Nothing Happens in Carmincross Characters

Benedict Kiely

The Characters

(Critical Guide to British Fiction)

Mervyn Kavanagh is not only the main character but also the dominating presence in the novel. The reader sees everything through his eyes and listens to his external and internal monologue on the past and present condition of Ireland. His range of reference is startling: He alludes to the Bible, Irish myths, poems, stories, speeches, and tales, as well as to newspaper and radio reports. His attitude toward Ireland is also strategic; he is somewhere between the mindless patriotism of Killoran and the total cynicism of Jeremiah. Furthermore, he does not so much change his character in the course of the book as confirm his view about what has happened in Ireland with the division between Protestant and Catholic.

Deborah is an appealing character; she seems to be full of humor and is invariably good-tempered. She listens with interest to Mervyn’s tales and songs and adds a few of her own. She is a less complex character than Mervyn, but, in contrast to him, she does change. She responds more directly to the terrible events that she has witnessed than Mervyn does when she throws his book into the fire. By doing this, she seems to be blaming history itself for the catastrophe in Carmincross. Although she is, finally, reconciled with Mervyn and her husband, she seems subdued at the end; she has become a part of that history, not someone outside it.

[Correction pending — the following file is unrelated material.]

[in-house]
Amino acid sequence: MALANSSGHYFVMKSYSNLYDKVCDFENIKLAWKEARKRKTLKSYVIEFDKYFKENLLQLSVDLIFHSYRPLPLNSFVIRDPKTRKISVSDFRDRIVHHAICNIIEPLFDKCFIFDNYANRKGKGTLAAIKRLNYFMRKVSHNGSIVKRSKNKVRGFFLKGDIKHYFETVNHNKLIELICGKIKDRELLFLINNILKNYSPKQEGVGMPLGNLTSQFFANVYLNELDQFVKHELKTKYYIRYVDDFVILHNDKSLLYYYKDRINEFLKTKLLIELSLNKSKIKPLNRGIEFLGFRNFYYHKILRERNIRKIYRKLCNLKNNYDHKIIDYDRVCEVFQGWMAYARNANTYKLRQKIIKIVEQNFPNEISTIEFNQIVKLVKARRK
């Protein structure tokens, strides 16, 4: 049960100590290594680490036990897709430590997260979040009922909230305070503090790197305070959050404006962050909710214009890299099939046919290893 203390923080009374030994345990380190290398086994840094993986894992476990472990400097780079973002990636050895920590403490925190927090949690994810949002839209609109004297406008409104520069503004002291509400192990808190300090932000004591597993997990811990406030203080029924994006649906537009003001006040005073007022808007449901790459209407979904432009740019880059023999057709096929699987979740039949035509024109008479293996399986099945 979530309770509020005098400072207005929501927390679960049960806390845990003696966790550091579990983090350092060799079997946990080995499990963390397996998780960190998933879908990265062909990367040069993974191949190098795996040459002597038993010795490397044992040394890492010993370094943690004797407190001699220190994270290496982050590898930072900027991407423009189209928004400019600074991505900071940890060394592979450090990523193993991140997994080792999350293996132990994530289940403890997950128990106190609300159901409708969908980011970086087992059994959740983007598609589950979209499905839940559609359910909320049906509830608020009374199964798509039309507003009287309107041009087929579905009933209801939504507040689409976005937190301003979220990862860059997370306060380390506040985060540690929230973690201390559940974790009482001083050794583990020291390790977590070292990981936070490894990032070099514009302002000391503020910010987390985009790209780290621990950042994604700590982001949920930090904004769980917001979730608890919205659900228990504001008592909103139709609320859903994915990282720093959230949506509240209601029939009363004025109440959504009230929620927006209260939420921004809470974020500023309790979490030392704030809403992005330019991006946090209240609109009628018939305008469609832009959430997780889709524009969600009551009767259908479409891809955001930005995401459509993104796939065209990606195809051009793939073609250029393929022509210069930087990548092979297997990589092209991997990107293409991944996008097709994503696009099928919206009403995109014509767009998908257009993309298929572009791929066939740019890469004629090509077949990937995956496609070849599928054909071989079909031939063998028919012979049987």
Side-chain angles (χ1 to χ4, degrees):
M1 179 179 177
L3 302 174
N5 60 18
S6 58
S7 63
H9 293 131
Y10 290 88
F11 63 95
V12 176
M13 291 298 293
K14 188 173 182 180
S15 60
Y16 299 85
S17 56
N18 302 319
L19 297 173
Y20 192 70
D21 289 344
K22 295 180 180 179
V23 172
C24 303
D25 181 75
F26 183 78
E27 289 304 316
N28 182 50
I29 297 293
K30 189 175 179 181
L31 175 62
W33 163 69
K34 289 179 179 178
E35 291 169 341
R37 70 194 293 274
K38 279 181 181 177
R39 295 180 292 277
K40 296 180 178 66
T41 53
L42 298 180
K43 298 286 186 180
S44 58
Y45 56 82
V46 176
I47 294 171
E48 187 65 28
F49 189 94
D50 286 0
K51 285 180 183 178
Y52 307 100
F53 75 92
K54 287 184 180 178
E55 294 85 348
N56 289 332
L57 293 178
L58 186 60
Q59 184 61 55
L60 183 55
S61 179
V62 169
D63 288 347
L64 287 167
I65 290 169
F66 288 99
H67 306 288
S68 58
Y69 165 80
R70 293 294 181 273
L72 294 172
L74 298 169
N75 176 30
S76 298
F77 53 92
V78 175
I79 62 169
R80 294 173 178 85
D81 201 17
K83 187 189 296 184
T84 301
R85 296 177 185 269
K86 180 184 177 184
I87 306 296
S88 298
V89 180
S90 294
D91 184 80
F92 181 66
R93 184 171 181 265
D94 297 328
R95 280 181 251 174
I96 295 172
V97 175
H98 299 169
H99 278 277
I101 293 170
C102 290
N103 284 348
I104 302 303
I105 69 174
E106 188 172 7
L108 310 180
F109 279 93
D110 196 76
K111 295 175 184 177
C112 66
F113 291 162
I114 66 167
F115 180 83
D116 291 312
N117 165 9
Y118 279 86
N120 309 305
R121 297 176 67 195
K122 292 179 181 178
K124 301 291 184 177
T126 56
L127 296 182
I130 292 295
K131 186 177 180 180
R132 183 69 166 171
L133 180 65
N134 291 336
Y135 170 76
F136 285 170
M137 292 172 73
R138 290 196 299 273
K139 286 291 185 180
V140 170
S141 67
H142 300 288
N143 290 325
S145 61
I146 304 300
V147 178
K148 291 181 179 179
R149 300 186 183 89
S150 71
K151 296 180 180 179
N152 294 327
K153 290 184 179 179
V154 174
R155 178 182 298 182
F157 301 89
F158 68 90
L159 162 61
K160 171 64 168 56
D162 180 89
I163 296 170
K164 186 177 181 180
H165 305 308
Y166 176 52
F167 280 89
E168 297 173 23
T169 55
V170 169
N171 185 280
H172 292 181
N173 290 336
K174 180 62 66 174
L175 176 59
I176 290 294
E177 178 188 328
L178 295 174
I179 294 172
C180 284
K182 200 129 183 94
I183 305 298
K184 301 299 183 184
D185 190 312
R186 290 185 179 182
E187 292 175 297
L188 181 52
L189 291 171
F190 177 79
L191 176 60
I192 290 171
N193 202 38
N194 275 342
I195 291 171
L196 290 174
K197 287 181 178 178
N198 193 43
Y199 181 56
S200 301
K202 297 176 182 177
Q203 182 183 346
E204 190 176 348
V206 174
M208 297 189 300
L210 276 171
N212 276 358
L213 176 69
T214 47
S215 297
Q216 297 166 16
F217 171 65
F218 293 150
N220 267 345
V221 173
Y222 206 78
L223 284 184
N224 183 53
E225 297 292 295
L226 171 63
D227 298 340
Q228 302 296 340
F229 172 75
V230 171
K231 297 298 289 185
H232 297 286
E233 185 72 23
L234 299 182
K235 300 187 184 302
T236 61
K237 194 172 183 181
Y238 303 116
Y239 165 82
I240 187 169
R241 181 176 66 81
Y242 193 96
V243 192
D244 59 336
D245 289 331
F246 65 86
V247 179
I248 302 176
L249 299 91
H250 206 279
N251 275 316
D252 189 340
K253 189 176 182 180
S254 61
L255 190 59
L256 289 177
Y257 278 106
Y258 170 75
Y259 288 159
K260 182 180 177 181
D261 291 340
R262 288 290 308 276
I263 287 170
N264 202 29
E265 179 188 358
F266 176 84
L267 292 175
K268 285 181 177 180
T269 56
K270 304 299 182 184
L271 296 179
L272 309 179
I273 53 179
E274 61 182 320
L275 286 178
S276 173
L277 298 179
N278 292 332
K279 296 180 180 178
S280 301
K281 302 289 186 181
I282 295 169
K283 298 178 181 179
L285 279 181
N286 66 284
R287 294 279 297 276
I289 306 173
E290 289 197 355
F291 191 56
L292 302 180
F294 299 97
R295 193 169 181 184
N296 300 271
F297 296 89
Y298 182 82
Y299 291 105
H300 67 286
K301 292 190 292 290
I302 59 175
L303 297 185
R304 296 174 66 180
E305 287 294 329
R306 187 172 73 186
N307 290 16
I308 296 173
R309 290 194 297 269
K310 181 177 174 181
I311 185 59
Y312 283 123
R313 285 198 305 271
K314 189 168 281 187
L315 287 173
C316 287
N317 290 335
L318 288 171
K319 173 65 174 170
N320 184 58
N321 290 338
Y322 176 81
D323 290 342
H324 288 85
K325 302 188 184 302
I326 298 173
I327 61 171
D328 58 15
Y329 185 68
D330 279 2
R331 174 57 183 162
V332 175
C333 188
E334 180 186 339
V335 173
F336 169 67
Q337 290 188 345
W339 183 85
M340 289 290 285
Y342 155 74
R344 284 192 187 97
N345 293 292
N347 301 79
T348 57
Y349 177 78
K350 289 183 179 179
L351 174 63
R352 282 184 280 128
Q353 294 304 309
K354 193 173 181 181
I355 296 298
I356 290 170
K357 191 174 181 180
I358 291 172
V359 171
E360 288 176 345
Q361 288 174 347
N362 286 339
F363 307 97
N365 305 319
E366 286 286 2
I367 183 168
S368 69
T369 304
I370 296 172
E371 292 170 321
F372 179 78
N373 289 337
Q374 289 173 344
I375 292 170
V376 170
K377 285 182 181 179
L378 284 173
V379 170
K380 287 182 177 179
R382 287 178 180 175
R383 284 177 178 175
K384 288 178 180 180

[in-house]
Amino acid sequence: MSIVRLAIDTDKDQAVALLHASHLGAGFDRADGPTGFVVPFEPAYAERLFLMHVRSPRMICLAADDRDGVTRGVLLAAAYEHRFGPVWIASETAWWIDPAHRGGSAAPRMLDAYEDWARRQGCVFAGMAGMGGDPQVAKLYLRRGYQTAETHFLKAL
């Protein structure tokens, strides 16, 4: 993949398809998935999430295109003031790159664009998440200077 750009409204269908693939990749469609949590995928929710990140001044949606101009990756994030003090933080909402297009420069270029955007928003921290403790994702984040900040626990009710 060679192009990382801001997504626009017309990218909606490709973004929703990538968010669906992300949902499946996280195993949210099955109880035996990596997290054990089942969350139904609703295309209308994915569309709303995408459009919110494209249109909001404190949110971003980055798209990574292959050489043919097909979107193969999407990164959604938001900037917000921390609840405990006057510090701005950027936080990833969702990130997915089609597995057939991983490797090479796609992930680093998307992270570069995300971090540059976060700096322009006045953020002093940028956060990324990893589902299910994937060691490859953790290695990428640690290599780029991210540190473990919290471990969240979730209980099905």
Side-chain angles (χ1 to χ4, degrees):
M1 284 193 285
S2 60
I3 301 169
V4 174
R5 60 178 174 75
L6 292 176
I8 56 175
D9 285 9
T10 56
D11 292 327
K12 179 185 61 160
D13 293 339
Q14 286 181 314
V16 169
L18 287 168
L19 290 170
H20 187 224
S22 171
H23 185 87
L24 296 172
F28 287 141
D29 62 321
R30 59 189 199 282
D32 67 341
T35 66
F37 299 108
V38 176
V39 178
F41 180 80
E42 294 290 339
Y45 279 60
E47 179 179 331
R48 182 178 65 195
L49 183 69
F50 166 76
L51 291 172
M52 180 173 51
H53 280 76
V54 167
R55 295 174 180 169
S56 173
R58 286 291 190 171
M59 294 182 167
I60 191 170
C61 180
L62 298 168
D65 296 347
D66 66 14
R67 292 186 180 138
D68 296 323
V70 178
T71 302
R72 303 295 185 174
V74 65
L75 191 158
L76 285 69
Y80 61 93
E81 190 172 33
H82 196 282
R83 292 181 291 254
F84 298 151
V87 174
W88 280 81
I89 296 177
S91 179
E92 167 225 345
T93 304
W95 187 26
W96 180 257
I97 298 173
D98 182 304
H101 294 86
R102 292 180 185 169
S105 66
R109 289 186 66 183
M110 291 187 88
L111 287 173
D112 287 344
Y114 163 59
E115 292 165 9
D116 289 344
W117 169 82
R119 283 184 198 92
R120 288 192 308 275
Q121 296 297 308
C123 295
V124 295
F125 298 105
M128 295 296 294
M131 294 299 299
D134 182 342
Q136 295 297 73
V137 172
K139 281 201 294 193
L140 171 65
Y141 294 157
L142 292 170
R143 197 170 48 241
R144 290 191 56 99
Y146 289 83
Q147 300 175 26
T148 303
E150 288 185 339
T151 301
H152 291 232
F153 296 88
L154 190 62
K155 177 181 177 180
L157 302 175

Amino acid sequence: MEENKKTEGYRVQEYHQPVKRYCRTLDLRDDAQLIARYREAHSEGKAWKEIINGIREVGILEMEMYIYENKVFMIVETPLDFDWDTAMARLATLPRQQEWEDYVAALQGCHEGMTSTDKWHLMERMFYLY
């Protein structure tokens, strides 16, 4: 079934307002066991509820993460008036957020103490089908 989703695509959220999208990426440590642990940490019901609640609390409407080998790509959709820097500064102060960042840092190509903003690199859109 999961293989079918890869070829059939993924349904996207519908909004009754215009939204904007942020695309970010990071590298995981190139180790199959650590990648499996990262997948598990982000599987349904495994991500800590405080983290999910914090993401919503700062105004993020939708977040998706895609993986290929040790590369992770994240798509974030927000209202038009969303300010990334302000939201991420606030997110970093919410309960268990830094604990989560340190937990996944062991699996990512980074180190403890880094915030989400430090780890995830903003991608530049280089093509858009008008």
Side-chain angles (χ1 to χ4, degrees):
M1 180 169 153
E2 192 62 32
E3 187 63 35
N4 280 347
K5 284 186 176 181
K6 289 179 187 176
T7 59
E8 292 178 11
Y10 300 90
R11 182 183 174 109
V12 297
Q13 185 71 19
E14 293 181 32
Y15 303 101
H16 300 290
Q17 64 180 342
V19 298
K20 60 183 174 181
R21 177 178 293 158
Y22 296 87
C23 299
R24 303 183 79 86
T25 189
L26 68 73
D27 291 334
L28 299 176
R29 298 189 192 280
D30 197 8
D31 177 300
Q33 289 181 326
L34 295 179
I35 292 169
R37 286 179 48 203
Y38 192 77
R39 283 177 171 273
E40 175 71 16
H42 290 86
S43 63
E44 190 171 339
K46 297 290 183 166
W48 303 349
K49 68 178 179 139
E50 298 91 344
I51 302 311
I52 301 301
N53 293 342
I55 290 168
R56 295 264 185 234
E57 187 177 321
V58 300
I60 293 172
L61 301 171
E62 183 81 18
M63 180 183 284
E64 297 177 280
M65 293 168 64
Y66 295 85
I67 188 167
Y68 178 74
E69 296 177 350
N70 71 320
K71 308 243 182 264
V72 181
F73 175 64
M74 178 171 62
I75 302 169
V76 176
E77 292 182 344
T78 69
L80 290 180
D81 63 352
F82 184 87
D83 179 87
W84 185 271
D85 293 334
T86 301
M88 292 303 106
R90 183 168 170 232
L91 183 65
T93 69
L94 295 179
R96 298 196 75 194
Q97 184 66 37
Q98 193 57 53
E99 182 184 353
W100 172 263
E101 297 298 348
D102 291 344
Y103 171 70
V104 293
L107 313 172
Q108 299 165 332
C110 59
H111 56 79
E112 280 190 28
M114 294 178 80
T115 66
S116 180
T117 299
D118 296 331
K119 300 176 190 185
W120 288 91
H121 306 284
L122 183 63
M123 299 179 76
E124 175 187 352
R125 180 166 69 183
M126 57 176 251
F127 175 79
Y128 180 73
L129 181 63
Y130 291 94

Jeremiah is a familiar Irish type, the cynic. He is unflaggingly sarcastic and satiric. He has created a Revised Irish Minstrelsy in which all the patriotic songs are turned on their head and made to seem absurd. Jeremiah’s indictment seems to be absolute and has become automatic. In addition, he has no part in all the suggestions of renewal, reunion, and marriage. He remains at the end as he was in the beginning.

Characters Discussed

(Great Characters in Literature)

Mervyn Kavanagh

Mervyn Kavanagh, sometimes referred to as Merlin, a balding and middle-aged storyteller and professor of history. He has returned to Ireland from a stint of teaching at a Southern college in the United States to attend the wedding of his favorite niece in Carmincross, a town in Northern Ireland. When he arrives in Ireland, he immediately becomes aware of the internal war in Northern Ireland through reports on the radio and in the newspapers. His response is to recall old legends and ballads and to contrast their heroic ideals with the sordid and violent present. He finds little heroism in the ambushes and bombings carried on by both sides in the terrorism and counterterrorism of Northern Ireland. When he sets off on his journey to Carmincross, he is accompanied by an old friend, Deborah. Their journey is compared a number of times to that of the legendary Irish lovers, Diarmuid and Grainne, who fled from Fionn MacCool. Mervyn is fleeing from the wife he left in America, and Deborah is fleeing from her husband, Mandrake. Their idyll is broken by the terrible events in Carmincross, where a revolutionary group plants bombs that lead to the death of the bride-to-be, Stephanie; Mervyn’s mother; and a friend, Cecil Morrow. After the slaughter, Mervyn retreats to Dublin, where a sister of the dead bride-to-be marries the intended groom. Mervyn is no longer optimistic about the future of Ireland, although he does perceive some...

(The entire section is 586 words.)